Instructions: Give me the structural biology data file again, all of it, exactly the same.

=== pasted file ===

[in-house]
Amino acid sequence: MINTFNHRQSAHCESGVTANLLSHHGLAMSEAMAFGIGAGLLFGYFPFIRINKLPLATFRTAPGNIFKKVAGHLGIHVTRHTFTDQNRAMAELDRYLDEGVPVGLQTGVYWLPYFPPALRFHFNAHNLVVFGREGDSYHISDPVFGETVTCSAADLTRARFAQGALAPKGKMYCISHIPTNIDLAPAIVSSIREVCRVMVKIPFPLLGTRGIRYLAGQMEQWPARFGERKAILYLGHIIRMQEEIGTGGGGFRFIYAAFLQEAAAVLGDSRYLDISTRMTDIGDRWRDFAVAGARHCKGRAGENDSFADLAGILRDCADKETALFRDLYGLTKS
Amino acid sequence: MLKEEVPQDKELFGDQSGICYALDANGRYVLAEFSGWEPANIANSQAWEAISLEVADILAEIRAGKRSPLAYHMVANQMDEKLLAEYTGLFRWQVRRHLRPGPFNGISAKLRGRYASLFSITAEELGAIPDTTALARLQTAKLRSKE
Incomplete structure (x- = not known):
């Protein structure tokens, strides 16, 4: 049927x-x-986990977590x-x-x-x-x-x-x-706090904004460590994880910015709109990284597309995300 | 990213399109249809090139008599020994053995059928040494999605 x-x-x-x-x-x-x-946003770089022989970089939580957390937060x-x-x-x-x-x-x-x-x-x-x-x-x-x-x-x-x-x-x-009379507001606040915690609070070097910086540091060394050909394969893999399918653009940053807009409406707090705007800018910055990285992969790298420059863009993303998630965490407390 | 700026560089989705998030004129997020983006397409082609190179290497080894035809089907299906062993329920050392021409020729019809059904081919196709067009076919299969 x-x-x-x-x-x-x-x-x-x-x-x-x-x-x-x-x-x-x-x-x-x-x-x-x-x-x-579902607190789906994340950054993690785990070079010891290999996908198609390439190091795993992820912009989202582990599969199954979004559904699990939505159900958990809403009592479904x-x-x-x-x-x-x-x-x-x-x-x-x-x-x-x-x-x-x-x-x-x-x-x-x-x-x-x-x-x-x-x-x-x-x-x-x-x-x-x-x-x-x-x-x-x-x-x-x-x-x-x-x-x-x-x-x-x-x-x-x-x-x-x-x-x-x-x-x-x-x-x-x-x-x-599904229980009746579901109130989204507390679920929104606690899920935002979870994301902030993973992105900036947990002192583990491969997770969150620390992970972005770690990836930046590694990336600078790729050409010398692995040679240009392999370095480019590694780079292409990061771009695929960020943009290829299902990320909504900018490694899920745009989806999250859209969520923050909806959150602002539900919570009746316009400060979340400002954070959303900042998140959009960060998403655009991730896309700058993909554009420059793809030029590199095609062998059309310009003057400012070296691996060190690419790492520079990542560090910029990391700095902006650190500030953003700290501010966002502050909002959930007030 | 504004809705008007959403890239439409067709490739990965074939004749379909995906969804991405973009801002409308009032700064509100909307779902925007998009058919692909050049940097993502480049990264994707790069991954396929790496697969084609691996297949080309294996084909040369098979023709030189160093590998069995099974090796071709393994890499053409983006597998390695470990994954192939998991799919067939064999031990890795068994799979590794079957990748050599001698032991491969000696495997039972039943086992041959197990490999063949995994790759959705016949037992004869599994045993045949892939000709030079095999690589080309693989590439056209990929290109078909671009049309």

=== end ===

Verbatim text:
[in-house]
Amino acid sequence: MINTFNHRQSAHCESGVTANLLSHHGLAMSEAMAFGIGAGLLFGYFPFIRINKLPLATFRTAPGNIFKKVAGHLGIHVTRHTFTDQNRAMAELDRYLDEGVPVGLQTGVYWLPYFPPALRFHFNAHNLVVFGREGDSYHISDPVFGETVTCSAADLTRARFAQGALAPKGKMYCISHIPTNIDLAPAIVSSIREVCRVMVKIPFPLLGTRGIRYLAGQMEQWPARFGERKAILYLGHIIRMQEEIGTGGGGFRFIYAAFLQEAAAVLGDSRYLDISTRMTDIGDRWRDFAVAGARHCKGRAGENDSFADLAGILRDCADKETALFRDLYGLTKS
Amino acid sequence: MLKEEVPQDKELFGDQSGICYALDANGRYVLAEFSGWEPANIANSQAWEAISLEVADILAEIRAGKRSPLAYHMVANQMDEKLLAEYTGLFRWQVRRHLRPGPFNGISAKLRGRYASLFSITAEELGAIPDTTALARLQTAKLRSKE
Incomplete structure (x- = not known):
């Protein structure tokens, strides 16, 4: 049927x-x-986990977590x-x-x-x-x-x-x-706090904004460590994880910015709109990284597309995300 | 990213399109249809090139008599020994053995059928040494999605 x-x-x-x-x-x-x-946003770089022989970089939580957390937060x-x-x-x-x-x-x-x-x-x-x-x-x-x-x-x-x-x-x-009379507001606040915690609070070097910086540091060394050909394969893999399918653009940053807009409406707090705007800018910055990285992969790298420059863009993303998630965490407390 | 700026560089989705998030004129997020983006397409082609190179290497080894035809089907299906062993329920050392021409020729019809059904081919196709067009076919299969 x-x-x-x-x-x-x-x-x-x-x-x-x-x-x-x-x-x-x-x-x-x-x-x-x-x-x-579902607190789906994340950054993690785990070079010891290999996908198609390439190091795993992820912009989202582990599969199954979004559904699990939505159900958990809403009592479904x-x-x-x-x-x-x-x-x-x-x-x-x-x-x-x-x-x-x-x-x-x-x-x-x-x-x-x-x-x-x-x-x-x-x-x-x-x-x-x-x-x-x-x-x-x-x-x-x-x-x-x-x-x-x-x-x-x-x-x-x-x-x-x-x-x-x-x-x-x-x-x-x-x-x-599904229980009746579901109130989204507390679920929104606690899920935002979870994301902030993973992105900036947990002192583990491969997770969150620390992970972005770690990836930046590694990336600078790729050409010398692995040679240009392999370095480019590694780079292409990061771009695929960020943009290829299902990320909504900018490694899920745009989806999250859209969520923050909806959150602002539900919570009746316009400060979340400002954070959303900042998140959009960060998403655009991730896309700058993909554009420059793809030029590199095609062998059309310009003057400012070296691996060190690419790492520079990542560090910029990391700095902006650190500030953003700290501010966002502050909002959930007030 | 504004809705008007959403890239439409067709490739990965074939004749379909995906969804991405973009801002409308009032700064509100909307779902925007998009058919692909050049940097993502480049990264994707790069991954396929790496697969084609691996297949080309294996084909040369098979023709030189160093590998069995099974090796071709393994890499053409983006597998390695470990994954192939998991799919067939064999031990890795068994799979590794079957990748050599001698032991491969000696495997039972039943086992041959197990490999063949995994790759959705016949037992004869599994045993045949892939000709030079095999690589080309693989590439056209990929290109078909671009049309």